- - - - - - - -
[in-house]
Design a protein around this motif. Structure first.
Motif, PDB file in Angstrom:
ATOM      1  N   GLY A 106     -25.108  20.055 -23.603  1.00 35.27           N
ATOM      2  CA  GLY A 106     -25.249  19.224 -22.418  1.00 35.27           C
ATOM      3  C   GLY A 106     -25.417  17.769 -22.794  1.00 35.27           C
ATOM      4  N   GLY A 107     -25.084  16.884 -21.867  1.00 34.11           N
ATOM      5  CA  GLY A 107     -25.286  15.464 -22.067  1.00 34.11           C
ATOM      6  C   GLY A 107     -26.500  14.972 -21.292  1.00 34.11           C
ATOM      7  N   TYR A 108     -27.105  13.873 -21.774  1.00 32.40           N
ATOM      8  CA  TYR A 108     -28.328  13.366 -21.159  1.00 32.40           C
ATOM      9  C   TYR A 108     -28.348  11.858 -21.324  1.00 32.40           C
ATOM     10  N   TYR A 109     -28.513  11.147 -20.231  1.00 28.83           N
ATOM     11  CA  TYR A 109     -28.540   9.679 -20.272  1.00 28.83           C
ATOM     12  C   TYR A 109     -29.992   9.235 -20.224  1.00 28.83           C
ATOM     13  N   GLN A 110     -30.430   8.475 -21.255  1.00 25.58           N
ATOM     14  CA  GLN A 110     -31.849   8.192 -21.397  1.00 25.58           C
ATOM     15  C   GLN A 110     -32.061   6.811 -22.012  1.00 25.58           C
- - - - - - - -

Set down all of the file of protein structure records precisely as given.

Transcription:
[in-house]
Design a protein around this motif. Structure first.
Motif, PDB file in Angstrom:
ATOM      1  N   GLY A 106     -25.108  20.055 -23.603  1.00 35.27           N
ATOM      2  CA  GLY A 106     -25.249  19.224 -22.418  1.00 35.27           C
ATOM      3  C   GLY A 106     -25.417  17.769 -22.794  1.00 35.27           C
ATOM      4  N   GLY A 107     -25.084  16.884 -21.867  1.00 34.11           N
ATOM      5  CA  GLY A 107     -25.286  15.464 -22.067  1.00 34.11           C
ATOM      6  C   GLY A 107     -26.500  14.972 -21.292  1.00 34.11           C
ATOM      7  N   TYR A 108     -27.105  13.873 -21.774  1.00 32.40           N
ATOM      8  CA  TYR A 108     -28.328  13.366 -21.159  1.00 32.40           C
ATOM      9  C   TYR A 108     -28.348  11.858 -21.324  1.00 32.40           C
ATOM     10  N   TYR A 109     -28.513  11.147 -20.231  1.00 28.83           N
ATOM     11  CA  TYR A 109     -28.540   9.679 -20.272  1.00 28.83           C
ATOM     12  C   TYR A 109     -29.992   9.235 -20.224  1.00 28.83           C
ATOM     13  N   GLN A 110     -30.430   8.475 -21.255  1.00 25.58           N
ATOM     14  CA  GLN A 110     -31.849   8.192 -21.397  1.00 25.58           C
ATOM     15  C   GLN A 110     -32.061   6.811 -22.012  1.00 25.58           C